The changing semantics of Indian polity

Tensions and communication hiatus are created when political power uses semantic manipulation with clear objectives and targets; they always use this effectively.

Published: 11th July 2022 01:23 AM  |   Last Updated: 11th July 2022 08:33 AM   |  A+A-

(Express Illustrations : Soumyadip Sinha)

(Express Illustrations : Soumyadip Sinha)

When I use a word,” Humpty Dumpty said in rather a scornful tone. “it means just what I choose it to mean-neither more nor less.”

“The question is,” said Alice, “whether you can make words mean so many different things.” 

This much-quoted conversation from ‘Alice in Wonderland’ is no kid stuff. It alludes to the riddle of words and their meanings, how a word acquires its ‘agreed-upon meaning’ and how meanings undergo change and when. Meanings change by semantic expansion or restriction, semantic deterioration or amelioration. Semantic shift happens all the while as language is a living force. 

However, this natural shift of meanings does not cause any disruption in social life. Tensions and communication hiatus are created when political power uses semantic manipulation with clear objectives and targets. Political movements always use this technique effectively and often for benevolent ends. During our Independence struggle, political linguistics was well used with several words acquiring new meanings. Expressions like Bharat Mata and Vande Mataram for instance outgrew their limited boundaries to convey far more intense patriotic feelings.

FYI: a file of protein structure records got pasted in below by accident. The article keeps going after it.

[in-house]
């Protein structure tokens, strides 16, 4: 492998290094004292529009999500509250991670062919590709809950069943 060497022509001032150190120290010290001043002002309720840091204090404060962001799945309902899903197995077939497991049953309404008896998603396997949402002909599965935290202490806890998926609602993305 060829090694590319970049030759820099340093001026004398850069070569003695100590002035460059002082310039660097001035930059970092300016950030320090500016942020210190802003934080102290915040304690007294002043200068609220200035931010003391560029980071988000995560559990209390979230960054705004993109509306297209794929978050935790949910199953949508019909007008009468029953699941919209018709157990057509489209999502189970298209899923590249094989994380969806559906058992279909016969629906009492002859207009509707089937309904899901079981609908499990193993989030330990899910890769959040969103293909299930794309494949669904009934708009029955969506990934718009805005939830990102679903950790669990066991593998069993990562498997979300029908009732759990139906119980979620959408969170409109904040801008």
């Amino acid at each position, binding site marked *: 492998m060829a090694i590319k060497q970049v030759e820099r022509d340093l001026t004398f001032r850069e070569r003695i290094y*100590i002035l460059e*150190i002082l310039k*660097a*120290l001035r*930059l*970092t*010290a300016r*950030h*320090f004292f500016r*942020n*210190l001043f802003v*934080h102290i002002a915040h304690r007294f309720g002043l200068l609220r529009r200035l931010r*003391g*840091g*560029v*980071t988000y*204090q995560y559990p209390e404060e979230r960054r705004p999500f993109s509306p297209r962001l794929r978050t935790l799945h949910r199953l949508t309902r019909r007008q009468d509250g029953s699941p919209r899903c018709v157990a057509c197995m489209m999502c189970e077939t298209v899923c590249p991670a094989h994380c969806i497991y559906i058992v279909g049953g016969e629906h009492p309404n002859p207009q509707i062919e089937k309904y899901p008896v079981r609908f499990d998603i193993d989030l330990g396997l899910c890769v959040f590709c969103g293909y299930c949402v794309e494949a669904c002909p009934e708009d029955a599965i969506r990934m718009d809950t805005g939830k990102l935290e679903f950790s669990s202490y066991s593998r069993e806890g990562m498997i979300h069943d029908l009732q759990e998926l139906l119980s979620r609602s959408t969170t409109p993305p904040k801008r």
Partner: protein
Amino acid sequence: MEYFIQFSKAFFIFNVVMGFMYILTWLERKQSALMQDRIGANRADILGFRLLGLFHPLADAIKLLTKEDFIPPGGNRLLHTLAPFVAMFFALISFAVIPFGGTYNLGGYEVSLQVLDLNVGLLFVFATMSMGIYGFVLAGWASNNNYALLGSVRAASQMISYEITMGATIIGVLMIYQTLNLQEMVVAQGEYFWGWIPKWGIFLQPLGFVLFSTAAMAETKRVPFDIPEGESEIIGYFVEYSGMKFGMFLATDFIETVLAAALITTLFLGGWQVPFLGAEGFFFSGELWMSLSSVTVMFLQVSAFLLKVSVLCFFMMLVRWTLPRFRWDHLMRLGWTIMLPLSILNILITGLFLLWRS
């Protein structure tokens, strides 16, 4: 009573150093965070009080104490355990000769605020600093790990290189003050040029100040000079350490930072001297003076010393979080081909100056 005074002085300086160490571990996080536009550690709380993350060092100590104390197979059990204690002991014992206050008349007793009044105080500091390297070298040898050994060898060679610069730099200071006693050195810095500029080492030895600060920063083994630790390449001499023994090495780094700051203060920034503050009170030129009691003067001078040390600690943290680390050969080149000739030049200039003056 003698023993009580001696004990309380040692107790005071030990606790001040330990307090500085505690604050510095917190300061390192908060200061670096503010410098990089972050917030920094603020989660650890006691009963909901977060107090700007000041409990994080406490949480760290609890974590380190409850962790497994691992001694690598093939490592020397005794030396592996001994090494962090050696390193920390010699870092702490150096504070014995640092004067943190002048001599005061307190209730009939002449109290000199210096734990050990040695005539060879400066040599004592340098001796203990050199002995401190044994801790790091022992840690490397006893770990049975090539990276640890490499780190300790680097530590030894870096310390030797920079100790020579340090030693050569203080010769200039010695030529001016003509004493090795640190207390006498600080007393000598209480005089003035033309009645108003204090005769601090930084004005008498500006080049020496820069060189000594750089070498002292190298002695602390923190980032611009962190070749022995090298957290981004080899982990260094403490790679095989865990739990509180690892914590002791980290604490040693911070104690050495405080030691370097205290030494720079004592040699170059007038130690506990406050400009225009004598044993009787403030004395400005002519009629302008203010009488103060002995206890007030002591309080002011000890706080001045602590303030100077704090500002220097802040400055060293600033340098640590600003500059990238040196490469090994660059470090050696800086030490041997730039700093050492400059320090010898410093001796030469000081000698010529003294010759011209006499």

In today’s India, we witness the strategic distortion and deterioration of the agreed meanings of quite a few familiar words. The ruling party and the government through concerted and targeted communication have been tweaking the meanings of cardinal words to their desire, delight and design. Familiar words are invested with strange meanings. Words such as nationalism, patriotism, citizenship, minority, culture, etc., now have acquired hitherto unimagined meanings. Their old meanings are almost discarded like expired credit cards. Simultaneously, a tamed mass media take upon itself the task of popularising these new meanings. The zealous social media and hyper-loyal anchors go to unimaginable extents to doctor videos and twist facts to substantiate the new meanings minted by the party and the regime.